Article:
In the realm of pop/dance singles that find literal lyrical inspiration in hip-hop hits, none so far was as successful as Robin Schulz feat. Francesco Yates’ “Sugar.” In 2015 and ’16 it went platinum in 7 countries (including the United Kingdom), and reached the official top ten in 16 (including 4 top spots). In the company of Icona Pop’s “Girlfriend” (2Pac), Austin Mahone’s “Say You’re Just A Friend” (Biz Markie), Ariana Grande’s “The Way” (Big Pun), Little Mix’ “How Ya Doin'” (De La Soul) and Cheat Codes x Kris Kross Amsterdam’s “Sex” (Salt-N-Pepa), “Sugar” also featured the most recent influence with “Suga Suga,” Baby Bash’s 2003 smash with singer Frankie J.
Of course “Sugar” is just more proof that warbling a melody is about as challenging as whistling it, while an existing rap cannot be easily recreated to the same effect and in many settings (such as “Sugar” and the market it was supposed to be successful in) a rap verse still stands in the way of mass acceptance if you’re just another random global DJ making music for random global dancefloors. In short, “Sugar” only used “Suga Suga”‘s hook, deliberately ignoring the sly serenade to Mary Jane that the original song was.
Speaking of formulas, “Suga Suga” certainly seemed to establish Baby Bash and Frankie J as a winning combo. They collaborated for at least five more songs between 2003-05, and with “Suga Suga” producer Happy Perez scoring them all, he has to be considered a part of the equation. The trio combines decades of industry experience. Perez came up out of Baton Rouge alongside Young Bleed and has produced for a wealth of A-list artists, including Chamillionaire and Machine Gun Kelly, Frankie was part of a celebrated crossover group called Kumbia Kings, while Bash has held it down for the Bay Area and the Latino constituency for more than 20 years. Why it took the trio more than ten years to team up over a full-length is another question, but who knows, perhaps Schulz’ “Sugar” played a role. A lot happened since the year of “Get Rich Or Die Tryin’,” but let’s find out whether their new release is “Suga Suga – The Album” in all but name.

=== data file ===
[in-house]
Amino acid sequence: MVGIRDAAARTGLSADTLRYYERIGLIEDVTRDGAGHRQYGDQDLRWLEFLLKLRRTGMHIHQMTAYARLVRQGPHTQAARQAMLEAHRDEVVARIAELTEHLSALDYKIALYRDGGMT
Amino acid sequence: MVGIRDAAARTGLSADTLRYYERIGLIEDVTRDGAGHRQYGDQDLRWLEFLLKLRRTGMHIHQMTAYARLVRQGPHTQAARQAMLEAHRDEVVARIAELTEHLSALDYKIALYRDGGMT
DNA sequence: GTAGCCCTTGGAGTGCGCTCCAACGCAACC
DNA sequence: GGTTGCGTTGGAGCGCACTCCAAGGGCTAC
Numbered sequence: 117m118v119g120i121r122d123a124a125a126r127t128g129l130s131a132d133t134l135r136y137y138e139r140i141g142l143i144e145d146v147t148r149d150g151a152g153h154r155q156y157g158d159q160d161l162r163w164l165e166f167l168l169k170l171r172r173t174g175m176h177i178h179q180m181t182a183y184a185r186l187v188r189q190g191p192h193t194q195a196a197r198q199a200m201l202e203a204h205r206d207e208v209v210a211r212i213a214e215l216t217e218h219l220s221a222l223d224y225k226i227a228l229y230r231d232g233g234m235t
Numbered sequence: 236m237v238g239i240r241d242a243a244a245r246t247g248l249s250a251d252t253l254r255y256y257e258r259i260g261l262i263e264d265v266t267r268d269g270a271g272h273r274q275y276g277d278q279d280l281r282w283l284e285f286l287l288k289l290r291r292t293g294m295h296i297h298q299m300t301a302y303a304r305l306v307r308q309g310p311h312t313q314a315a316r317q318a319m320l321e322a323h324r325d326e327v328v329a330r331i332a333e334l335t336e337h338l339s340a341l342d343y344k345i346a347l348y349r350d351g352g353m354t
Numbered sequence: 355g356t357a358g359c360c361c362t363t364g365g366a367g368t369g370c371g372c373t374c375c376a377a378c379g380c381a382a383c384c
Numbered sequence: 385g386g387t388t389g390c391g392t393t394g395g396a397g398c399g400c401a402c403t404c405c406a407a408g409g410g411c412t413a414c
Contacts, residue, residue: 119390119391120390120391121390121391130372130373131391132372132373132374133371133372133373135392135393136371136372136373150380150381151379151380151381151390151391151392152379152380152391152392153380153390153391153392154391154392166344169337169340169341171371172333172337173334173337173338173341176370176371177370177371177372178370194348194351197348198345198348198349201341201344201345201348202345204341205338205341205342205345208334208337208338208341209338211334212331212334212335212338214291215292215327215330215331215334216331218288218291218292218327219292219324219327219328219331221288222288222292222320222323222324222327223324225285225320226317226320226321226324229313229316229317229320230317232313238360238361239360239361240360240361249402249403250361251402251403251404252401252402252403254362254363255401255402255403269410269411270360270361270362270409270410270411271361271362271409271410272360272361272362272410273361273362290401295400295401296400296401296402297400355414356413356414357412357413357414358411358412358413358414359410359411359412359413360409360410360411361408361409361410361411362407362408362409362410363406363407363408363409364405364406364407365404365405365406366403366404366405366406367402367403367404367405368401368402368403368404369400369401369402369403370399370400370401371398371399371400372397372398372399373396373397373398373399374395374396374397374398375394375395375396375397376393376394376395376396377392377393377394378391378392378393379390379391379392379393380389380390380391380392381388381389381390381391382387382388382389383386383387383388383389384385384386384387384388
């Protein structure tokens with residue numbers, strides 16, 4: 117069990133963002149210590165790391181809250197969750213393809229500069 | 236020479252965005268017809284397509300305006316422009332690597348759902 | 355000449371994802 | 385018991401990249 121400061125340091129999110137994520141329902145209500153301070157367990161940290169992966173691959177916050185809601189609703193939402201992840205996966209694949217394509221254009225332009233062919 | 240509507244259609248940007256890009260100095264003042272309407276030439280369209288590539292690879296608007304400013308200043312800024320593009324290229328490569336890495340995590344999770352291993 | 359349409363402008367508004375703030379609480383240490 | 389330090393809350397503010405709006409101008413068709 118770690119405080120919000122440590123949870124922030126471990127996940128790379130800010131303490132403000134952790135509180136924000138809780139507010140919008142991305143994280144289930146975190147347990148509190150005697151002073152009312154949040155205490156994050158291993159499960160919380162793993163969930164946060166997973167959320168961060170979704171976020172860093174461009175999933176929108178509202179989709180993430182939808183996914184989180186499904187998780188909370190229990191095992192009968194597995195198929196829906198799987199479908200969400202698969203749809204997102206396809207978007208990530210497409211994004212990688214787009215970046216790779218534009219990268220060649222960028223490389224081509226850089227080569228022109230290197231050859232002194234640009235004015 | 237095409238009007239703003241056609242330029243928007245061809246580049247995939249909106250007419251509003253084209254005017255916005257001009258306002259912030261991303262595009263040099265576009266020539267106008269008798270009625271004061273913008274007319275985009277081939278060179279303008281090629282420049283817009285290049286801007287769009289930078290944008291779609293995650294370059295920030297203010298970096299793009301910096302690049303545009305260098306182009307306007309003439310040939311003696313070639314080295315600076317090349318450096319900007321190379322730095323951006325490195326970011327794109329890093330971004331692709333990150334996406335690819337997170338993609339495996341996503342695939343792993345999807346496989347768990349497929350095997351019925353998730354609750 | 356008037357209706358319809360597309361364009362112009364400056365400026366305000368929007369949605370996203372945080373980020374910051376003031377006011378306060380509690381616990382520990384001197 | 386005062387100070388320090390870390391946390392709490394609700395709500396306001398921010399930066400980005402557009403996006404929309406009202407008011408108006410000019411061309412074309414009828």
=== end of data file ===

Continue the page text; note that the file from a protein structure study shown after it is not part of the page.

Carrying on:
For “Sangria – The Album” they agree to primarily accomodate the female members of their audience, and since wine, women and song is a tripartite motto for the ages, they choose to do so with more complimentary comparisons from the world of consumption. As with “Suga Suga,” it’s not a hundred percent clear who gets compared to what, but judging from the lyrics, the drink stands for the dame rather than vice versa:
“Girl, you got a playa feelin’ things I’m not used to
Freaky as a mutha but still classy as zoot suits
Holdin’ down ya boy, addin’ views to my YouTube
Red wine, red wine, I give you my lifetime
Any way you go down, you still remain mine
You still remain fine, you still remain kind
Let’s make it some’n official, create a bloodline
Start a family, do it organically
It’s gonna take the man in me to make sure we live happily”
Bash is a versed writer, and it wouldn’t be surprising if during the last line above the classic Pac couplet “Last night my buddy lost his whole family / It’s gonna take the man in me to conquer this insanity” turned around in his head. Of course the purpose of a Baby Bash record is to make you forget your worries, so you’re not going to get the martyr/messiah thing from him. He’s more busy contributing to the melodic orientation of his music with a little singing of his own. Nonetheless he’s always good for some internal rhymes or far-out phonetics like this one from “Cinco de Mayo”:
“Let’s party like Cinco de Mayo
Chop it up like pico de gallo